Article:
looking, define needs
Stacee Sledge, for The Bellingham Herald
COMFORT, NOT COMPROMISE: Greg deVeer
(pictured) and Kelsie
Wheeler balanced their "wish list" — specific
criteria their dream house would embody — with a
realistic sense of what they could get.
of the most important factors in buying a home is choosing the
neighborhood that suits you best. It’s vital that you find an
area that matches your lifestyle — as well as your bank
took research to find the right spot. Know what you need and
want in a house, and how much you can afford to spend.
and Kelsie Wheeler began to look for their first home two years
ago, they had specific criteria in mind.
wanted grocery stores and parks nearby, as well as close
proximity to friends’ homes.
freeway access was also high on their list, although they knew
an area as traffic-choked as Sunset wasn’t going to fit the
perhaps most importantly, they wanted a safe area where homes
had been well-maintained by homeowners who took obvious pride in
three months spent finding houses they liked in neighborhoods
they didn’t, “we realized we were going to have to sacrifice
something to get what we wanted,” says Greg.
found the ideal house in Fairhaven, a cozy bungalow with the architectural details they desired.
Its only drawback? It was surrounded by apartments, rather than
other single-family homes.
balancing their wish-list with reality, Greg and Kelsie decided
the possibility of occasional neighborly noise wasn’t
something that would bother them. The positives far outweighed
the potential negatives.
lived in this house that has proven perfect for them and their
plethora of pets for two years now. “We weren’t especially
looking for homes in Fairhaven,” admitted Greg, “but now that I live here, I’m glad I
got everything we wanted: a cute house, big garage, double lot,
and a good price — but it’s surrounded by apartments. If it
weren’t, that would have been great, but it would have been
out of our price range.”
you narrow down your neighborhood aims, jot down your thoughts
about what you want and need in your surroundings.
you want an urban or suburban feel? How important is commute
time to you? Is it important to be able to walk to your favorite
coffee shop, movie theatre, or grocery store? Is a bus line
readily accessible? Will your children have playmates their age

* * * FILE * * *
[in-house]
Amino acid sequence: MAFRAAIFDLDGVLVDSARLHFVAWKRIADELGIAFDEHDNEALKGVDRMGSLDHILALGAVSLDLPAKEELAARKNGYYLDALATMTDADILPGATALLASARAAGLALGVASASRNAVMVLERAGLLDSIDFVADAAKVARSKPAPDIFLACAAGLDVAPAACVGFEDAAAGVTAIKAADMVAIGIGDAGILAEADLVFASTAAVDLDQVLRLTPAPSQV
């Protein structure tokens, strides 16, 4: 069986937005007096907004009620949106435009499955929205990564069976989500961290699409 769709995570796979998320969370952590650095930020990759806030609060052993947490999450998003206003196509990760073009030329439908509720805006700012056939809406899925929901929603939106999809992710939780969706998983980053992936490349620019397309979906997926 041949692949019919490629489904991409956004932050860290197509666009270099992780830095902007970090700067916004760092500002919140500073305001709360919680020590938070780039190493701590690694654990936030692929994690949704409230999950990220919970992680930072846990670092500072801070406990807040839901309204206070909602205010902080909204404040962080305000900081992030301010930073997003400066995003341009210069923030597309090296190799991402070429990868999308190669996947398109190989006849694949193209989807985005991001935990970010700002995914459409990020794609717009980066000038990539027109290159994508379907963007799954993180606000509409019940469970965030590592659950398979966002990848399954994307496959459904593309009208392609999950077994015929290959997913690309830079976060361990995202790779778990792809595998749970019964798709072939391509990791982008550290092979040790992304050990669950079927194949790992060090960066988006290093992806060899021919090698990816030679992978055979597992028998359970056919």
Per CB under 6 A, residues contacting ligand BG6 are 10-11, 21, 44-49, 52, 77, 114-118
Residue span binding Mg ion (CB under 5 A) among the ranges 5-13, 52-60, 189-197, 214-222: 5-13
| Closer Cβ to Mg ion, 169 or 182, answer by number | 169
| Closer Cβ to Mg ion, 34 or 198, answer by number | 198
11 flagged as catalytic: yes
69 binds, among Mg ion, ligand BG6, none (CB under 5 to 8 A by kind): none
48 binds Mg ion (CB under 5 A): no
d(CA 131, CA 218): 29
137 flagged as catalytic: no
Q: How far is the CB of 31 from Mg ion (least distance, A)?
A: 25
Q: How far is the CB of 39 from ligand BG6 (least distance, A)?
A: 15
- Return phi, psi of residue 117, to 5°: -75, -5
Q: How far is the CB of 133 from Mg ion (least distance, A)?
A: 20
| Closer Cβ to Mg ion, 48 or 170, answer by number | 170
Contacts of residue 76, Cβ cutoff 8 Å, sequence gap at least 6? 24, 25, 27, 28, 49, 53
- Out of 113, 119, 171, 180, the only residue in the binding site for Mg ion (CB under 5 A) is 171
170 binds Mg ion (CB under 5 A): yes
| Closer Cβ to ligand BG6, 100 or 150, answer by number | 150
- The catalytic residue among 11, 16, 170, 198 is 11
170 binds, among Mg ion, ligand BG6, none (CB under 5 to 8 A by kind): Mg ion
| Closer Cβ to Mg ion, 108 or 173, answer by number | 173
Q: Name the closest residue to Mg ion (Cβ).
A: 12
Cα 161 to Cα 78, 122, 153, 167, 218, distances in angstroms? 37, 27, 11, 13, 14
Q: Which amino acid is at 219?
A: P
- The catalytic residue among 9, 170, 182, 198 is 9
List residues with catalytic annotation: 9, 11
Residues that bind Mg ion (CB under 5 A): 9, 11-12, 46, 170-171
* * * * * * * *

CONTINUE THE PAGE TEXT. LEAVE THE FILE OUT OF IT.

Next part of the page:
you have an idea of what’s important to you, you’re ready to
move on to the research process.
with statistics. Log on to the Internet or check with your local
library to check crime statistics in all the neighborhoods you
think you’d like to live in. Bellingham is fortunate, as even the few neighborhoods described as having
above average crime rates are reasonably safe.
also want to examine demographic and lifestyle data. Good
schools are an indicator of a healthy community and can affect
your property’s resale value. Your real estate agent will also
be able to provide details on the different schools in our
course, the numbers never tell the whole story. No one can give
you more insight into a neighborhood than the people who live
and work there. Ask friends and co-workers about their
experiences. Call the neighborhood representatives on the
Mayor’s Advisory Commission. A current list with contact
information is available at www.cob.org. Members tend to be
longtime neighborhood residents who know nearly everybody. City
Council members, also listed, can provide information, too.
go and experience it for yourself. Go to the areas you think you
might like and take a stroll. Strike up a conversation with a
friendly face. Visit the neighborhood at different times of day
and night, on both weekdays and weekends.
importantly, trust your feelings and responses to a neighborhood
to find a place to happily call home.
points to think about as you narrow down which neighborhood is
right for you.
Well-kept, tidy yards indicate a pride of ownership that
sustains property values. Keep an eye out for vacant lots; they
could be zoned for commercial use.
Know that you’ll feel safe in your new neighborhood. The
Bellingham Police Department provides crime statistics on its
website at http://www.cob.org/police.
Homebuyers with children often pick a school district before
they choose a house. Check with the schools in a potential
neighborhood and find out how much is spent per child. Ask for
test scores, too.
is a town with relatively few traffic headaches, but it’s
still helpful to know how long your commute will be. How close
is the nearest bus stop? What about parks and recreational
facilities? Nearby grocery stores are a blessing.
Research recent sales prices for houses in the neighborhood. How
much have houses increased in value in recent years? Be sure to
find out how much property taxes have increased, as well.
Find out how much utilities cost. Call the water, gas, cable
and electric companies for rates. Utilities can add a lot to
your monthly household budget.
Drive around the neighborhood at different times of the day
and pay attention to the amount of activity. Do you hear loud
parties in the wee hours? Do otherwise-empty roads become
clogged with cars during commuting hours?
Watch for new construction in the area. Rapid growth can lead to
higher property values — but also traffic tensions.